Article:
Wednesday, December 01, 2004

Dads, girls and hunting

By: L.A. Kohl
Nov. 13, 2004
(published in the Wednesday, Dec. 1 edition of the “Bull’s Eye”, Vol. 1, No. 6

Opening day of deer season...up at 5 am, the smell of sausage cooking and coffee brewing...wool socks, coveralls, bright orange accessories strewn across the room. And a sleepy eyed, sixteen year old girl looking like maybe this deer hunting thing isn’t all it’s cracked up to be. But, she enjoys doing things with her dad, and the fact that hunting is traditionally a guy thing just seems to make her more determined to go give it a try.

Back in those “B.C.” days (before children) my husband dreamed of teaching his boy(s) how to hunt, fish, wrestle, play sports, wield a hammer, use power tools, drive a tractor...and on and on it goes. When girl number one arrived, he was overjoyed that there was going to be a little replica of me around the home. Girl number two showed up less than two years later, and on and on it went until after 17 years of marriage, we were up to the score of: Girls, 6...Boys, 0. Somewhere in the midst of that, he decided that it really didn’t matter. So what if they were girls?

And so, that’s why our oldest is out hunting with her dad. That’s why, sometime within the next few days, our second oldest will also go give it a try with her dad. Our girls get their hunter safety certification long before they get their first make-up kit. Are they out to prove something to their dad? Has he made them feel like sons are more valuable, and so they have to try and somehow be the house full of “boys” that he’ll never have? I don’t think so.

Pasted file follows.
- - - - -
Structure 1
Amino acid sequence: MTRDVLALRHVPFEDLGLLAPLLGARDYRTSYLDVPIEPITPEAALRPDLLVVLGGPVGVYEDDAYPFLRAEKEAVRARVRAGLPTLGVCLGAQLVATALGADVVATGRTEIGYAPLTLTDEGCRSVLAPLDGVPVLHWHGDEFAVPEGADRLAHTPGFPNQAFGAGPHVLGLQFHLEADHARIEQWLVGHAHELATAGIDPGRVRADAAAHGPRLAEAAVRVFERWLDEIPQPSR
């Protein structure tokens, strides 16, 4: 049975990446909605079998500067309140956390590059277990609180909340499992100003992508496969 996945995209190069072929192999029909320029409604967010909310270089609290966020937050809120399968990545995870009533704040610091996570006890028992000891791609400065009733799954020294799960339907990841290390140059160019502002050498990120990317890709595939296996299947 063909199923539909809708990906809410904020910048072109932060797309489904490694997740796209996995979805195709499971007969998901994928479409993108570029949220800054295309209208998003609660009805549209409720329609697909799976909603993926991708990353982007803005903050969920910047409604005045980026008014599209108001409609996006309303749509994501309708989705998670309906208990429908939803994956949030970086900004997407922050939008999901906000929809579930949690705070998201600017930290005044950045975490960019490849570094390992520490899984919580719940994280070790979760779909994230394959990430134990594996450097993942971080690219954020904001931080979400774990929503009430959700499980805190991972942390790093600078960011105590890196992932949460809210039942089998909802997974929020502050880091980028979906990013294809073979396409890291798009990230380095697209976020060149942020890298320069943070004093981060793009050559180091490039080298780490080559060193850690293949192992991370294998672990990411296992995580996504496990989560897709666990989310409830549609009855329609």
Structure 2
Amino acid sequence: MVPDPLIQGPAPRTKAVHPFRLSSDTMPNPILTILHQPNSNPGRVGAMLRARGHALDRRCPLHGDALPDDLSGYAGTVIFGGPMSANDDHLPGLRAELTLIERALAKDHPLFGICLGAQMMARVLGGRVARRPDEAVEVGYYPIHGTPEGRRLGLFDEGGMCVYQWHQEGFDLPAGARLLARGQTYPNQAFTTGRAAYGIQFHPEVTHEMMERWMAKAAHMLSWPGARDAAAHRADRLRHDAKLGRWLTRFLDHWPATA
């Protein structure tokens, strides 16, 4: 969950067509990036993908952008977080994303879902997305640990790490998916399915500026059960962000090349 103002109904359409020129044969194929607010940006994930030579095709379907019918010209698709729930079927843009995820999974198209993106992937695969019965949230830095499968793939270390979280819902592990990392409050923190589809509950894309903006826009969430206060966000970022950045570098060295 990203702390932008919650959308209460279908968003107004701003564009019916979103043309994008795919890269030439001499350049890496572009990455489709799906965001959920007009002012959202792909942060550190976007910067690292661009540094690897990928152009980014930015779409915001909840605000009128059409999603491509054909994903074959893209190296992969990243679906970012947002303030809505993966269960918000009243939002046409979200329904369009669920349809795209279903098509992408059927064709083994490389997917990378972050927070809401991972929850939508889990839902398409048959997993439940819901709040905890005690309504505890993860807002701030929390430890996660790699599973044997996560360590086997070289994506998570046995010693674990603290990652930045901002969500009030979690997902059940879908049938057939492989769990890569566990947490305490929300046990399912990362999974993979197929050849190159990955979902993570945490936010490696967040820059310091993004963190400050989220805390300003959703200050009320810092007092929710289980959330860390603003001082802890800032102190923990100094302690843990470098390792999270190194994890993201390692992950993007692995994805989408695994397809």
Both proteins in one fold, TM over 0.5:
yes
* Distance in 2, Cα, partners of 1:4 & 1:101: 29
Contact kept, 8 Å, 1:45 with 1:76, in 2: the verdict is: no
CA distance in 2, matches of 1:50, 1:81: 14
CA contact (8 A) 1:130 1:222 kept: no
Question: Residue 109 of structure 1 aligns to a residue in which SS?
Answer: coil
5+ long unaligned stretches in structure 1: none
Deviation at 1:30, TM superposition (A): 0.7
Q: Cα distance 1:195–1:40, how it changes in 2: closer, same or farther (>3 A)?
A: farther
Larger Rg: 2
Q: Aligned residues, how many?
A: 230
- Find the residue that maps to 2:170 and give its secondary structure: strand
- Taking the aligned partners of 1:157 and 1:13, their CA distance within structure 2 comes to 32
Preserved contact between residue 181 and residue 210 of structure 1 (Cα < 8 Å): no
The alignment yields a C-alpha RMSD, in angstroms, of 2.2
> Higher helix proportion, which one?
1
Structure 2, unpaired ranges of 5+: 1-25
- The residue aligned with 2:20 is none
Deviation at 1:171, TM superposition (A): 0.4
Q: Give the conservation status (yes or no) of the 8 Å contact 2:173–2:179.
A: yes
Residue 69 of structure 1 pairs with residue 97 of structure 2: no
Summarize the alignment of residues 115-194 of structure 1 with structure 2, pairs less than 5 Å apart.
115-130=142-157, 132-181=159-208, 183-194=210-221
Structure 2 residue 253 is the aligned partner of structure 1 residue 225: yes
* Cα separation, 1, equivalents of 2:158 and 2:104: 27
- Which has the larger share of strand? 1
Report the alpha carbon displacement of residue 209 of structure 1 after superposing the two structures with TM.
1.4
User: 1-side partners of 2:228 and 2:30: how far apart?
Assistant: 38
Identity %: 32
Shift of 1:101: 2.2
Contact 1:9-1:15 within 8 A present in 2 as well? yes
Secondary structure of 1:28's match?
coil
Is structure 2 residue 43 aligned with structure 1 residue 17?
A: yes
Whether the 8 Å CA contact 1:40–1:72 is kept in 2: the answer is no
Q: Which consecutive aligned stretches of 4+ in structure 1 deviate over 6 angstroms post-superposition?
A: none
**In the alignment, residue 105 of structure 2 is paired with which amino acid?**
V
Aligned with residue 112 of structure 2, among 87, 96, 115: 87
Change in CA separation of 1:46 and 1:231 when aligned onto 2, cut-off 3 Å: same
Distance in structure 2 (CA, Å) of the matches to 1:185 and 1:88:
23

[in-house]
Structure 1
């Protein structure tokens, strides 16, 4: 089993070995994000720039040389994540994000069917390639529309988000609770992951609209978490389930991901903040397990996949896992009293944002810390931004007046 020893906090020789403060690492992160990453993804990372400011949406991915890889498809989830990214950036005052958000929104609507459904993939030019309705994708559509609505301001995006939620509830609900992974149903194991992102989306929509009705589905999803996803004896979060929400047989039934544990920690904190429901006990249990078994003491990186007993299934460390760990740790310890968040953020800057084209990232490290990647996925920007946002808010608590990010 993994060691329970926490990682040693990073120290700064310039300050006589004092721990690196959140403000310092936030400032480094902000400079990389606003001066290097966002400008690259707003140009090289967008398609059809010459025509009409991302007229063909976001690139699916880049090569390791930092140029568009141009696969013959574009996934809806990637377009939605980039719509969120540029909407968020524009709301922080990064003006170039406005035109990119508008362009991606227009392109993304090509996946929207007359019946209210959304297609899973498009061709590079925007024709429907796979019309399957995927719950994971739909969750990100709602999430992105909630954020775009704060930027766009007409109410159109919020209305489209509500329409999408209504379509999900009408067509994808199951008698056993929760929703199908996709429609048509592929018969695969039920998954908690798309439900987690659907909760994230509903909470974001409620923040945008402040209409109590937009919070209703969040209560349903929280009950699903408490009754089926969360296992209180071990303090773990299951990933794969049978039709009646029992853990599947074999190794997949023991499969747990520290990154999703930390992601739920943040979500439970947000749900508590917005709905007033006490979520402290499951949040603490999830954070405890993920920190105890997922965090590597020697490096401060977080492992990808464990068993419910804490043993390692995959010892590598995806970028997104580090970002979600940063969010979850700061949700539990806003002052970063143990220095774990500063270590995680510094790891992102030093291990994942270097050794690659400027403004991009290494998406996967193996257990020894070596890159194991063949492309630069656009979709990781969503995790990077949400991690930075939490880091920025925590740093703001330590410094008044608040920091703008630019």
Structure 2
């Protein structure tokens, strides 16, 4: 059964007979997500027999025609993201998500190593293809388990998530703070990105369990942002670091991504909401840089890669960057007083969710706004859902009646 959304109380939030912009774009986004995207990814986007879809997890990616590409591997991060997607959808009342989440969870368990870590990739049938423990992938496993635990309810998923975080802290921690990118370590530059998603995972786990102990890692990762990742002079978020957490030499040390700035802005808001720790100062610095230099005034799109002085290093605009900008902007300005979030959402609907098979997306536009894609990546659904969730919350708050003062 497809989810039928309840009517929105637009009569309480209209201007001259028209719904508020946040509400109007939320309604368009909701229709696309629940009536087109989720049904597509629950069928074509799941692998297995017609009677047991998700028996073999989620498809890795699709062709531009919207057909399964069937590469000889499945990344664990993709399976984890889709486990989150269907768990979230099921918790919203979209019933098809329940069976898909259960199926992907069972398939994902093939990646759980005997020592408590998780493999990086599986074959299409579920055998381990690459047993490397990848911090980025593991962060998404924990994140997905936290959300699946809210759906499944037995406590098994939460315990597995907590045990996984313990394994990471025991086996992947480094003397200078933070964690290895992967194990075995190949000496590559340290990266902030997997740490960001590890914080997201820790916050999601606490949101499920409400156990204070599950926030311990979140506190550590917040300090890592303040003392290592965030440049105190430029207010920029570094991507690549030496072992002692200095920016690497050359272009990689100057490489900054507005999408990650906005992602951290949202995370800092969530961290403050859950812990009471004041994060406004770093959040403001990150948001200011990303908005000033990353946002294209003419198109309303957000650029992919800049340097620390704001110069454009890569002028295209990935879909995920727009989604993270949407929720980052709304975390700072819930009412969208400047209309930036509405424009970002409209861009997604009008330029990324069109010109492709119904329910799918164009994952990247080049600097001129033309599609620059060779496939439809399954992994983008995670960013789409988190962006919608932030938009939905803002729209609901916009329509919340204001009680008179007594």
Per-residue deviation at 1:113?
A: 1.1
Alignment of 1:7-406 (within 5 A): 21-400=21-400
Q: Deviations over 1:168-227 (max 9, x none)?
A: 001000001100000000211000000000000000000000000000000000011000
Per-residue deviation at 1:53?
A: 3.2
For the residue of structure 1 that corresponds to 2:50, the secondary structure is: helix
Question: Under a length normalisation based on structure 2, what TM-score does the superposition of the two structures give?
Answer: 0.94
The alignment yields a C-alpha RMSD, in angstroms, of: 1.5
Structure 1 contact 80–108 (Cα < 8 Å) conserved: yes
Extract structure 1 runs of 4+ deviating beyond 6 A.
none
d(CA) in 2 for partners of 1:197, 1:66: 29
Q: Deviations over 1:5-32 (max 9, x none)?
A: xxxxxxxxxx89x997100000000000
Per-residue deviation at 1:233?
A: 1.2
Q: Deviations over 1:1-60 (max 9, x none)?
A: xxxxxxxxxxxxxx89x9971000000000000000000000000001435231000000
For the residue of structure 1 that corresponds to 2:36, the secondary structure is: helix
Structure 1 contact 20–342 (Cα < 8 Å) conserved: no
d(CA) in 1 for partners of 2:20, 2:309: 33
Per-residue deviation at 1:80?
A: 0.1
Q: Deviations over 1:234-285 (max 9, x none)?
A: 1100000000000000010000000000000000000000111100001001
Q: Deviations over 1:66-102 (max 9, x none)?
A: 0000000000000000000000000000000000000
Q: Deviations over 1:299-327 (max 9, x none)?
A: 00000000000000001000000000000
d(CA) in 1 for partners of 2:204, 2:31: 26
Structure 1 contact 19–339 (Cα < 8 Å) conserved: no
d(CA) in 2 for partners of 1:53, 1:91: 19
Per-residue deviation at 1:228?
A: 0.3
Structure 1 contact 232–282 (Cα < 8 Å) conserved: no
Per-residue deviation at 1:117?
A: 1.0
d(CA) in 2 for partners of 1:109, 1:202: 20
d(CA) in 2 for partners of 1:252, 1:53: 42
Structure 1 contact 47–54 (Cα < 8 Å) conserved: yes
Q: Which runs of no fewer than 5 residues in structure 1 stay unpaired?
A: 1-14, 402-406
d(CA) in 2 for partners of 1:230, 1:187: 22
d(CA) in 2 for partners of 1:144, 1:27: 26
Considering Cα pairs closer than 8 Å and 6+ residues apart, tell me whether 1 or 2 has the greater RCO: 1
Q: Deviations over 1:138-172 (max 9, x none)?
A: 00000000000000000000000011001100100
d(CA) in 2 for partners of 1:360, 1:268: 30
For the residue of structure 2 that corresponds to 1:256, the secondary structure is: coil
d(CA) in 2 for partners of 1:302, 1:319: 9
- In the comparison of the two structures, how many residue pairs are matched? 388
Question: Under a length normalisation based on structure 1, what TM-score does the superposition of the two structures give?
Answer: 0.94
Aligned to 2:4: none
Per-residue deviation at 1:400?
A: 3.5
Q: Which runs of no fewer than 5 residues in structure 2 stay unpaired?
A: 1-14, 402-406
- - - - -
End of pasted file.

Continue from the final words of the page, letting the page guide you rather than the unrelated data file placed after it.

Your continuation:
I believe it’s more a matter of instilling confidence in our daughters. He’s never wanted them to feel like there are certain things they just can’t do. He lets them start running his surveying instrument when they’re tall enough to see through it. He let them chisel out joints for our timber frame home when they were only 7 or 8 years old. He knew that a serious slip of the hammer could mean a permanent gouge in our home’s interior frame – visible for all to see, for perhaps generations to come...but that’s okay. Gaining confidence in your ability to do something is more important to him than outward appearances.
And so, another year of deer season has come, and he’s once again giving his daughter an opportunity to gain some more confidence. It probably means that he won’t get a perfect, first shot at something...he’ll let her have that chance. That’s okay, because Lord willing, he’s got another 40 or 50 years to have his chance...but today, bonding with his daughter and helping her gain confidence in yet one other realm is more important.

Here’s to all the dads, uncles, brothers and grandpas out there who realize that hunting is a skill to teach, share and pass on to another generation – and not just an opportunity to get a trophy rack to hang on your wall.

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